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2019-01-10 08:20 by Karl Denninger
in Health Reform , 184 references Ignore this thread
Yet More BeeESS!
[Comments enabled]

What's this nonsense?

Our current health care system is based on a fee-for-service (FFS) reimbursement model that rewards doctors for providing more treatments than necessary because payment is dependent on the quantity, not quality, of care.

Each time you visit the doctor’s office, consult a specialist, or stay in a hospital, you pay for every single test, treatment, or procedure, even though some of these services may be unnecessary.

These unnecessary tests and treatments have accounted for $200 billion annually and have been found to actually harm patients. That’s because the FFS system is volume-based, not necessarily value-based. Therefore, any increases in the volume of care equal increases in medical errors.

The article goes on to put forward a fundamental fact of the current health system in the US, which I've pointed out multiple times over the last 10+ years in this column: The system has incentives in it to not improve infection control and to actually give you complications because they can bill you for it.  Provided said can be considered an "accident" or "just part of the risk" you can't sue them (since it's not "malpractice") and you will get the bill.

One of the items cited in that article is blood-based infections that arise from central line insertions; a fairly common procedure.  The article points out that all of these infections are avoidable and that following a specific and reasonable checklist on said procedure has been shown to reduce the incidence of such infections to statistically zero.  Yet that hasn't happened on a national, mandatory basis.

Why not?

Because if you do get such an infection they bill you for the treatment and thus hospitals do not improve their standards because they make more money by not doing so.

If that happens to kill or severely injure you - tough crap for you.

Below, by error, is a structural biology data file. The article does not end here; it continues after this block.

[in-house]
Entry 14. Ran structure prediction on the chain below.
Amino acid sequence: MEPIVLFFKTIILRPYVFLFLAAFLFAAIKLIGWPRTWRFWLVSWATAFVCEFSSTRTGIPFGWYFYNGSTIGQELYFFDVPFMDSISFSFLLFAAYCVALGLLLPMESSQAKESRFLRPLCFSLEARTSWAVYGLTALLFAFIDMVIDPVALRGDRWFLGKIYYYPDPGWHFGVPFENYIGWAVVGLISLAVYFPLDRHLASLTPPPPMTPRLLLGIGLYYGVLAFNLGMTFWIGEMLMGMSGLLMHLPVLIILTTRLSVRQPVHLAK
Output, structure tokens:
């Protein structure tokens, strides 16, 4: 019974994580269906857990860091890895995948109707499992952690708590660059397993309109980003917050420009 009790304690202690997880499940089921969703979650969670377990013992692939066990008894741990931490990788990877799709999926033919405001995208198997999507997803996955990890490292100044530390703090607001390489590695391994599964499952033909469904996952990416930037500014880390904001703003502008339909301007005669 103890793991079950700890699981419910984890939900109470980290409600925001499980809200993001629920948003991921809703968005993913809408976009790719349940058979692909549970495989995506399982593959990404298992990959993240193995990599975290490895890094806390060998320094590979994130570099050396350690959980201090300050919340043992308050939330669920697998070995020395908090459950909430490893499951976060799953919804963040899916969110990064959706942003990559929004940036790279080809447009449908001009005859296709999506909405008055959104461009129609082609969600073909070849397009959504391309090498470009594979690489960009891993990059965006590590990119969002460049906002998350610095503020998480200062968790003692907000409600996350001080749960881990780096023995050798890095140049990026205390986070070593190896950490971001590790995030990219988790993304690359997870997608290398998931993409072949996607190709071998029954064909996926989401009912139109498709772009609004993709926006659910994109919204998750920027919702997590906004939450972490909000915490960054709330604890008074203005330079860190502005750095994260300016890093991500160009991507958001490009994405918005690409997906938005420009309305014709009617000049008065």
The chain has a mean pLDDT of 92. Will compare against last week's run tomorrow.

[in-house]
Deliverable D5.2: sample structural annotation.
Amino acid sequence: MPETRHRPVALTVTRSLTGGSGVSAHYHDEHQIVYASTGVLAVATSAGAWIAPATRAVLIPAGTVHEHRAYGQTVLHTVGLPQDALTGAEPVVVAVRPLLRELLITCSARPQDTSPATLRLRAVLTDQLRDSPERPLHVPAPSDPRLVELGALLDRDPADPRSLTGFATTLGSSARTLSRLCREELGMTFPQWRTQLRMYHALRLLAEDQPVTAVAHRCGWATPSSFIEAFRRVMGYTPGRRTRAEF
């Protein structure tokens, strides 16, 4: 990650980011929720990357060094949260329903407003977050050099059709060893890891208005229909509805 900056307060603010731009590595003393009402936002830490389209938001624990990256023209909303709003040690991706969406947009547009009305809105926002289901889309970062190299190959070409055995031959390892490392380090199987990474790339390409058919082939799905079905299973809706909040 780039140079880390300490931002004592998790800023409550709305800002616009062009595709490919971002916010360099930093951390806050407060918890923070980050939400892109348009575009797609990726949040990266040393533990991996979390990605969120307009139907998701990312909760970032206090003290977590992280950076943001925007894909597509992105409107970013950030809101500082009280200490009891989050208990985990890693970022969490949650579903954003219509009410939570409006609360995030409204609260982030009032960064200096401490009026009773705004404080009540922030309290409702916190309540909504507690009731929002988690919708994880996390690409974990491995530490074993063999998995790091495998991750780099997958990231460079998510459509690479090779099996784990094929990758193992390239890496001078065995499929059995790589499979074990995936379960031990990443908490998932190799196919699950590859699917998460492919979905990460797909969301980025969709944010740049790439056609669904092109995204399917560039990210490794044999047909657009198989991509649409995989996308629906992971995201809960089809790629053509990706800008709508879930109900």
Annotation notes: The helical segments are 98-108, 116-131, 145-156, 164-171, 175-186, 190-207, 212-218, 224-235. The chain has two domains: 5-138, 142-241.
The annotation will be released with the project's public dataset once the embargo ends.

But despite the (honest) accounting here there is not one word about the root cause of the problem with the medical system in the United States -- monopolist and other feloniously illegal practices that violate not just 15 USC Chapter 1 but also both federal and state deceptive practice (that is, consumer fraud) laws.

It is generally illegal to intentionally deceive someone by omission or commission in regard to any form of transaction where value is received.  The person with superior information and a claim of expertise generally has a common-law duty to disclose.  Two idiots transacting are perfectly free to do stupid things without liability but if you take advantage of an idiot while in a knowing superior position you can and should be hammered for it.

Yet neither state or federal law enforcement has gone after any of these *******s despite the laws on the books -- in some cases, specifically in the case of 15 USC Chapter 1 which outlines felony criminal violations of law, that have been valid for more than 100 years!

We overpay not a little but a crazy amount for medical care in the United States -- by five hundred percent on average and in many cases by thousands or even tens of thousands of percent.  In addition we spend upwards of a quarter trillion dollars a year catering to people's insatiable desire to stuff fast carbs down their pie hole and literally kill themselves instead of telling them to cut that crap out or get nothing.  If they did cut that out not only would we not need to spend the money all the bad things that later come to them, such as having your foot cut off or going blind wouldn't happen.

There are plenty of people who think this doesn't apply to them -- in fact, nearly everyone thinks it doesn't.  The less-well-off are on Medicaid, and think it doesn't apply to them.  The older are on Medicare, and think it doesn't apply to them.  The working middle class have employer paid health "insurance" and think it doesn't apply to them either.

They're all wrong.